As a result of rising costs abroad, the Education Abroad Program was recently forced to cancel some of its upcoming summer and yearlong programs for 2006-2007.
EAP Strategic Marketing and Communications Director Bruce Hanna said the program can no longer afford some of its programs due to the rising cost of foreign workers at campuses abroad. He said the dilemma is partly due to the fact that the U.S. dollar cannot match the purchasing power of countries that use the euro as their currency.
In addition, he said, the program has received less state funding than in previous years.
Hanna said EAP attempted to minimize the impact of rising wages abroad by reducing its administrative costs. During the 2005-2006 school year, no EAP programs were canceled as a result of budget cuts. However, for the 2006-2007 school year, Hanna said EAP first cut those programs that had similar alternatives available, followed by programs with few students enrolled.
Among the seven options that were stricken from EAP’s 229-program roster was the Summer Intensive and Culture Program at the UC Center in Paris, France. Summer and yearlong programs in Australia, Italy, Spain and Denmark were also cut, Hanna said.
However, EAP peer adviser and fourth-year anthropology and dramatic art double major Kristen Kozlowski said students should be able to find other ways of studying abroad since, even if one program is cut, another similar program is probably available.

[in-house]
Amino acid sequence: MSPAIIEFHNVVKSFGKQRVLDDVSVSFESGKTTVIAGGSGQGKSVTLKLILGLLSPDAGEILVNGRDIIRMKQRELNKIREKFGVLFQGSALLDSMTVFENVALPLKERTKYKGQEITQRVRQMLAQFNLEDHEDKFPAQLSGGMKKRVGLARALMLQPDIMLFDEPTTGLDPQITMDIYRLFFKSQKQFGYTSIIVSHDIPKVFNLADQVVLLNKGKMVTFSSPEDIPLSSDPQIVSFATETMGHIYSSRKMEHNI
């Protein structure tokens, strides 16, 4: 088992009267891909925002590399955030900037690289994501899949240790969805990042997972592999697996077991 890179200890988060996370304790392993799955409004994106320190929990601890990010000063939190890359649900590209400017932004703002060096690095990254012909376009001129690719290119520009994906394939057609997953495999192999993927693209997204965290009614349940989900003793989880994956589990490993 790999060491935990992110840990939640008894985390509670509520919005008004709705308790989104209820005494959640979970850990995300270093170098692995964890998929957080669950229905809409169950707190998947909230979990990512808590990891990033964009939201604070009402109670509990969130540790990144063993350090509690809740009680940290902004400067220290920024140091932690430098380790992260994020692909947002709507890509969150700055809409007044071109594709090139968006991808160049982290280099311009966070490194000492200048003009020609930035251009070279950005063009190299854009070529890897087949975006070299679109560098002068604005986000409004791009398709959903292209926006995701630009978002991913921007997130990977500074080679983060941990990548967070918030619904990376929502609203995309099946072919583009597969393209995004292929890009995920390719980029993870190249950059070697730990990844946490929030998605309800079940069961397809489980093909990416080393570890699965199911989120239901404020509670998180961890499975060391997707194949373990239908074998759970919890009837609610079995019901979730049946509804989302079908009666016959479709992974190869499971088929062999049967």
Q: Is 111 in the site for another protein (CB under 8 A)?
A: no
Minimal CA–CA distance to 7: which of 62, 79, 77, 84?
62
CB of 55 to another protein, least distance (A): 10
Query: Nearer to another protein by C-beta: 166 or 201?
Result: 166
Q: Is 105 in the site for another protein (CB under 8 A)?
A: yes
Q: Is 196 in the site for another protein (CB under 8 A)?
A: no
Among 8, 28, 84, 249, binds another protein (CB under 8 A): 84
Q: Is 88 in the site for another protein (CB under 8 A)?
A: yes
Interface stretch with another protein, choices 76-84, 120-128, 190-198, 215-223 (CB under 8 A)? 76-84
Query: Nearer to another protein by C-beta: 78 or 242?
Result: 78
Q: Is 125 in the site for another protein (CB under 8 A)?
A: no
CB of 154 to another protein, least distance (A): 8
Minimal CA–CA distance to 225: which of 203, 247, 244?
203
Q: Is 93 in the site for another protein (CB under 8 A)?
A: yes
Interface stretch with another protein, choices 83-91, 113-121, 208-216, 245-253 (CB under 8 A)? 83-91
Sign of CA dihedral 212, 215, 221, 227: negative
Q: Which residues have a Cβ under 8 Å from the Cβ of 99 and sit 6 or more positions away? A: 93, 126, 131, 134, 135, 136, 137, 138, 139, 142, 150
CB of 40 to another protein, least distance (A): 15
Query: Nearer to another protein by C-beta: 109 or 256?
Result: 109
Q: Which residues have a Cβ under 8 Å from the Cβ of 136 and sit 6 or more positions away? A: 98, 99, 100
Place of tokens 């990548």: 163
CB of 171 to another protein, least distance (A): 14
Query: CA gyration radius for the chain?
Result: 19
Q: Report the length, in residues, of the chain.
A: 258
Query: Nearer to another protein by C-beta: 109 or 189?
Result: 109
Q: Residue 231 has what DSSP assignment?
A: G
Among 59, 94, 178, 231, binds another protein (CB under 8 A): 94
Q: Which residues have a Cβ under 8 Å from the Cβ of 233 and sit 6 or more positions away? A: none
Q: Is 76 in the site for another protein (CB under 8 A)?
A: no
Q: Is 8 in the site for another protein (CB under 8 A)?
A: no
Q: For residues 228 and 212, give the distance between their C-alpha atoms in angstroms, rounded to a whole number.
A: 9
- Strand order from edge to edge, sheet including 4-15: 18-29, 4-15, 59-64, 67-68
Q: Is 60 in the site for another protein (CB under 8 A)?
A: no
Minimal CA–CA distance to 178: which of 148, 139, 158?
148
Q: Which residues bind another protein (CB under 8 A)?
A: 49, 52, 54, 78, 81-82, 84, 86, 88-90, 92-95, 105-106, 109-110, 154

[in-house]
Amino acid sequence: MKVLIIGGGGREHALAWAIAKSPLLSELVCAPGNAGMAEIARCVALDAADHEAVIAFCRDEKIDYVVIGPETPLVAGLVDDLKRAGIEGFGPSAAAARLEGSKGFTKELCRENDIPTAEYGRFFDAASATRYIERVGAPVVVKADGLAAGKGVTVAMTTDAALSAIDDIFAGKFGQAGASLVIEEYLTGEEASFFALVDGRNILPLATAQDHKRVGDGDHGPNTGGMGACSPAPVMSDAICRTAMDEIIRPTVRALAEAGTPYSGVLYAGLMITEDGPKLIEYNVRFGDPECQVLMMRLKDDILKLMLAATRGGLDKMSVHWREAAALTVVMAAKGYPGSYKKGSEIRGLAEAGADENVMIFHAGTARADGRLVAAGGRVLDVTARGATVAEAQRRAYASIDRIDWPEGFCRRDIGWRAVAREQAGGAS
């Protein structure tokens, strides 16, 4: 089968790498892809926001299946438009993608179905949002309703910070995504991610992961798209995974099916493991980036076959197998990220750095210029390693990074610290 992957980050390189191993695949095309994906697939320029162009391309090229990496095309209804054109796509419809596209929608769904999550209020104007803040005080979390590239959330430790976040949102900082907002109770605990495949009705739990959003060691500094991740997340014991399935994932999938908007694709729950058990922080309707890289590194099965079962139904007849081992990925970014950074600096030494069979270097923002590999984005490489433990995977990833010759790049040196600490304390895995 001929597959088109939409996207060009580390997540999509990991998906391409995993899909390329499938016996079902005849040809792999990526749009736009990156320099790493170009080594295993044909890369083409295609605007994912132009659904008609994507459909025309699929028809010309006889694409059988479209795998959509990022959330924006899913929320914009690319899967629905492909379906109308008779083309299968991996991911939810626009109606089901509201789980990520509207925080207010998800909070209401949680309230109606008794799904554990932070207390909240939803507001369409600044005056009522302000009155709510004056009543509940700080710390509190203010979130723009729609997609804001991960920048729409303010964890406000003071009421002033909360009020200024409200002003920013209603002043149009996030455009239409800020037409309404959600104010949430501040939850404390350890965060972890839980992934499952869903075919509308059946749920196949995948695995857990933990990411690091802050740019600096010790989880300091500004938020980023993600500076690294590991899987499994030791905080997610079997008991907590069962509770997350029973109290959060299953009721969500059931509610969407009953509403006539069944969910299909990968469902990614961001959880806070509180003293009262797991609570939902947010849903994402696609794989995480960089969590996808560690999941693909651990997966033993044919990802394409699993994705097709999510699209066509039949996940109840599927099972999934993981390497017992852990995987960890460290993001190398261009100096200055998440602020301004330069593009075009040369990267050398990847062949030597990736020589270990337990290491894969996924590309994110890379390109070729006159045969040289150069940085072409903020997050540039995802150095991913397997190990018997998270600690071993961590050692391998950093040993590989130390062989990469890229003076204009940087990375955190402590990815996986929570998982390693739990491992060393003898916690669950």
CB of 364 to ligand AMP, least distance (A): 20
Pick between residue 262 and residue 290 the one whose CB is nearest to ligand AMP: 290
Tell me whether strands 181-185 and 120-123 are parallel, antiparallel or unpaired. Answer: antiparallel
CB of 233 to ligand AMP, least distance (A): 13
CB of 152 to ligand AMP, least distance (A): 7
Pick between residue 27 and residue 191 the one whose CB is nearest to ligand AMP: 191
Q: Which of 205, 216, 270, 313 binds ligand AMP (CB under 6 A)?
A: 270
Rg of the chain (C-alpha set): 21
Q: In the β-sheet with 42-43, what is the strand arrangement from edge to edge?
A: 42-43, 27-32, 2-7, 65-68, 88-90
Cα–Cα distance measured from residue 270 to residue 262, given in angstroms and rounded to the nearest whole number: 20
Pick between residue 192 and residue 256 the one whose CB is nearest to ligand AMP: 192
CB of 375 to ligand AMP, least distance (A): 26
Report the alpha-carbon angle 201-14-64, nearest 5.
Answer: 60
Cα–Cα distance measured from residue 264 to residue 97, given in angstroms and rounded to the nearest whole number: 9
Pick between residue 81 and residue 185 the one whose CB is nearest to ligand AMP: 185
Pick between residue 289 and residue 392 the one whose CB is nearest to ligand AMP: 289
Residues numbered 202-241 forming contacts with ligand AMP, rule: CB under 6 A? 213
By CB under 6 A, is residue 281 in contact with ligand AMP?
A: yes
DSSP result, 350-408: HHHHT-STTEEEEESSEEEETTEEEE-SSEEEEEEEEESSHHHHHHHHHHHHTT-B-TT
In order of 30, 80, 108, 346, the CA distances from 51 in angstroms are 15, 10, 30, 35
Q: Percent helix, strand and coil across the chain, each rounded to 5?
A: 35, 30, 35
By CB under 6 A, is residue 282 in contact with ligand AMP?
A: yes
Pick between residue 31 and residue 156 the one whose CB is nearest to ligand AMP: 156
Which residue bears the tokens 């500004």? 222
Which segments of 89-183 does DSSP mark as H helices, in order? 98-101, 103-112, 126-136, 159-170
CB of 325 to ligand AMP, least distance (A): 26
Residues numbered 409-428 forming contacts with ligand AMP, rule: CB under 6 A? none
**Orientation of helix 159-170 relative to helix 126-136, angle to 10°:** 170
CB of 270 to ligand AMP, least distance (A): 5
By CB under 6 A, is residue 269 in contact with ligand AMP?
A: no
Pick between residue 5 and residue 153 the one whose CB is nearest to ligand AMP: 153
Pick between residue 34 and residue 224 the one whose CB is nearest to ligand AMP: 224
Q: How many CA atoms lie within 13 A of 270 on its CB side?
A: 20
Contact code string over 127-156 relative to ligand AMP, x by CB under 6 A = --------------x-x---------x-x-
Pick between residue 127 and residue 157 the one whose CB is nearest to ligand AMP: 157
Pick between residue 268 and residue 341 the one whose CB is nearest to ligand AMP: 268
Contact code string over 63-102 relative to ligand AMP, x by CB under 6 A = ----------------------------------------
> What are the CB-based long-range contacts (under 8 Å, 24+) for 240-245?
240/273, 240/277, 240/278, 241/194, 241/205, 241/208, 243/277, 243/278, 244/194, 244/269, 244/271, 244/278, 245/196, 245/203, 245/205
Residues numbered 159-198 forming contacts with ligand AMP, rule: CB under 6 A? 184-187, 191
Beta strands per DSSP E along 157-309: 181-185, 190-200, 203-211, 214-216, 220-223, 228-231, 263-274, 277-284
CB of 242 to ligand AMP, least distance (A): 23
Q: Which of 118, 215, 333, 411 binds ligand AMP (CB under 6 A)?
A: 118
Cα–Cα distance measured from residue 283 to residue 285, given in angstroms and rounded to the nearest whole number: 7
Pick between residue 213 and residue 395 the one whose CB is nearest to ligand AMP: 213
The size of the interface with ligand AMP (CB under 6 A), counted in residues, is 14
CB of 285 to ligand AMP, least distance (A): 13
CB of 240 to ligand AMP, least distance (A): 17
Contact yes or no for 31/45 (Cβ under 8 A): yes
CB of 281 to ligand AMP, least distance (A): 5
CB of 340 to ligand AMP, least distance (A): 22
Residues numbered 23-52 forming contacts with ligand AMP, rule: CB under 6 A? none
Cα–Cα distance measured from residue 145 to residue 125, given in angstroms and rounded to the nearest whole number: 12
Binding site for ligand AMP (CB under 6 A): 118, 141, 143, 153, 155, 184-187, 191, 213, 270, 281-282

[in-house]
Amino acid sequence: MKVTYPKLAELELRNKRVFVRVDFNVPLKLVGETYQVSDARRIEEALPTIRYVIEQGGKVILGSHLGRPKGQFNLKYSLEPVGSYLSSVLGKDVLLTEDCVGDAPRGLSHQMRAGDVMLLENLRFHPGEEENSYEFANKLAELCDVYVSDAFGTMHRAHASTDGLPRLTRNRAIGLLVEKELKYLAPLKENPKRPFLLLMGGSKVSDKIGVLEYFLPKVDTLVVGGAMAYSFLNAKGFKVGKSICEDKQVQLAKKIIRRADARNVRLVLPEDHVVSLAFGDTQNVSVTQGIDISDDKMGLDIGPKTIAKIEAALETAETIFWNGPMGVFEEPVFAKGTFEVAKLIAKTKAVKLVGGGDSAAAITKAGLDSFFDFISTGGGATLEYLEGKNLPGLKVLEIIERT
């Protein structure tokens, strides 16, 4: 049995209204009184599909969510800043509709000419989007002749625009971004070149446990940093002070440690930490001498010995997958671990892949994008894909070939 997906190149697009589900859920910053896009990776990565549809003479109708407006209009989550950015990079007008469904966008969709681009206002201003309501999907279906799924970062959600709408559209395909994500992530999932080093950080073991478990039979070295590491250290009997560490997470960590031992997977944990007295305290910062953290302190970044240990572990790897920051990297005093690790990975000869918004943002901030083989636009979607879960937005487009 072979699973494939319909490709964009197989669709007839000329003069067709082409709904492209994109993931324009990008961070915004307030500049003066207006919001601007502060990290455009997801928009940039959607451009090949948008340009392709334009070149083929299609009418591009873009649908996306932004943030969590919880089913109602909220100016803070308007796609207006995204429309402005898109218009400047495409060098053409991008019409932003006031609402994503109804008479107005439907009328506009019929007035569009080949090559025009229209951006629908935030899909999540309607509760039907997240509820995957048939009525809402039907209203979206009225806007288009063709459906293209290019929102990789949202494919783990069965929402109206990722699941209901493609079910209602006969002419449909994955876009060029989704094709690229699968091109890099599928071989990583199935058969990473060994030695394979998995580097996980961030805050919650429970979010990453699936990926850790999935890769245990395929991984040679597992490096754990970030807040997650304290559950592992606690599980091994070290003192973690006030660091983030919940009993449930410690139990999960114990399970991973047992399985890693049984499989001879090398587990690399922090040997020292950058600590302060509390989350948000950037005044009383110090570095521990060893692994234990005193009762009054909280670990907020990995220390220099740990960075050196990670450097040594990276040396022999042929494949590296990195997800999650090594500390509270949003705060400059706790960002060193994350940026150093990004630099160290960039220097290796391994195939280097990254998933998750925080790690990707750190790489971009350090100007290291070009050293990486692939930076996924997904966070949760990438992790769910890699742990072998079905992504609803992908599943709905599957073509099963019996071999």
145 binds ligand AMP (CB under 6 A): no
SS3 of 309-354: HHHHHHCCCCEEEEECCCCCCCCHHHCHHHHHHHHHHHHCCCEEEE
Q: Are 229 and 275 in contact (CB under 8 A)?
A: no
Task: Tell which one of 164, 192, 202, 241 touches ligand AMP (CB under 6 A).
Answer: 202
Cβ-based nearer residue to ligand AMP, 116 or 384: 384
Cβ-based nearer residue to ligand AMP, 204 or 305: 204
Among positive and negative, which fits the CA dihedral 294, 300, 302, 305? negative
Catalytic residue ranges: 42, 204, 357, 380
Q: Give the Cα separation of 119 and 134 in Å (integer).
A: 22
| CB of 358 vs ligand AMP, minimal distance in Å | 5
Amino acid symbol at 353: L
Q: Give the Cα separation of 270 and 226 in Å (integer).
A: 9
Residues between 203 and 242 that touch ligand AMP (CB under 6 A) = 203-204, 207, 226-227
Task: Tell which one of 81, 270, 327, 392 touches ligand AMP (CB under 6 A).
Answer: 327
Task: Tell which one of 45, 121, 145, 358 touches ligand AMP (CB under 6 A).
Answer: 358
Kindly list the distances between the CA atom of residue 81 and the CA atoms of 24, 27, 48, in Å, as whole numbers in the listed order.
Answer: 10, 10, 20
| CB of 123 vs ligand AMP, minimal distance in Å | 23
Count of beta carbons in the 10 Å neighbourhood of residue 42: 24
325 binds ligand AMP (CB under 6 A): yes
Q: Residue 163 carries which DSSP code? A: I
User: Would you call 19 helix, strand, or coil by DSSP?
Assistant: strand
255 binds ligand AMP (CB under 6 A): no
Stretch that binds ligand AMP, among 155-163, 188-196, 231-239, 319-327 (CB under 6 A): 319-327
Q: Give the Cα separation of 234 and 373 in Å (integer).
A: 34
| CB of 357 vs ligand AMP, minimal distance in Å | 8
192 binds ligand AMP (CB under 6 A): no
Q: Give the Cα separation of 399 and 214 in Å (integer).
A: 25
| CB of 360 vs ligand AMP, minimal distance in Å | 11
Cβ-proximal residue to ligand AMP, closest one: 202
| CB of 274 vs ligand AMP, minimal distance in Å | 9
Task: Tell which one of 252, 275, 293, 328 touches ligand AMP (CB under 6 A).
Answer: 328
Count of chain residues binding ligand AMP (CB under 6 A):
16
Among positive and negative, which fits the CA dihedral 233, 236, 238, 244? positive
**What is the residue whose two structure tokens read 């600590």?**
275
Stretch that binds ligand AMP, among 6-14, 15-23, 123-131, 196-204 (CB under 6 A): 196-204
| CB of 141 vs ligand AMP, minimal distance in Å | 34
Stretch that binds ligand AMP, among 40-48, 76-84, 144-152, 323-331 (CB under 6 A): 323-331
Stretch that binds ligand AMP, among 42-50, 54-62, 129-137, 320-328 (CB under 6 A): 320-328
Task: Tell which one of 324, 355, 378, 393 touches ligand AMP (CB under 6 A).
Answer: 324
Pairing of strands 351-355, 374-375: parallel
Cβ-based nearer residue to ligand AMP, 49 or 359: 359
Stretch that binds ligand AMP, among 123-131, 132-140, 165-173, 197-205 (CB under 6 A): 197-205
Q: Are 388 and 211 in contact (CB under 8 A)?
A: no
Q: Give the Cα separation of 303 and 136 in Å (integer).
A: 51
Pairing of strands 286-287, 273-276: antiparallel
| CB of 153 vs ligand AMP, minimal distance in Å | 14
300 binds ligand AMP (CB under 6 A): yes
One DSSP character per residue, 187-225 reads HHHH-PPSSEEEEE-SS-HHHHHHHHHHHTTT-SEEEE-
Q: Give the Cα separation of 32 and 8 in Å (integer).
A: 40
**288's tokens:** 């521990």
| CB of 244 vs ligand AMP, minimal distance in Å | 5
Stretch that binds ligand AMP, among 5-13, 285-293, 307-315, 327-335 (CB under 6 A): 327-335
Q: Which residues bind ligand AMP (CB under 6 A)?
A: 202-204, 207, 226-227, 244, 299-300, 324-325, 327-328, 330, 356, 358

“Usually people who want to go abroad to a certain country will be able to, since there are multiple programs in one country,” she said. “I have never heard of someone not going abroad because the program they want is closed.”
EAP peer advisor and fourth-year political science major Coleen Yamamura-Clark said students were notified of their options.
“EAP is really good at notifying its participants when problems arise and if a program is closed due to budget or other problems,” she said. “The participants will be able to transfer to other programs.”
The estimated EAP enrollment for the entire UC system for 2005-2006 was 4,164 students, and it was 4,241 in 2003-04, Hanna said. However, he said UCSB’s enrollment numbers for EAP have increased every year for the last three years.
Hanna said 706 UCSB students are currently enrolled in the EAP program, as opposed to 658 in 2003-2004.
The slight decline in total EAP applicants in the UC system over the last two years can be partially attributed to the budget cuts in the same time period, Hanna said. He said EAP is currently trying to solve its budget problems and find a mechanism to fund its programs.
“Part of the cuts can be attributed to the fiscal problems of the State of California because the EAP program is an academic program under the UC system,” he said.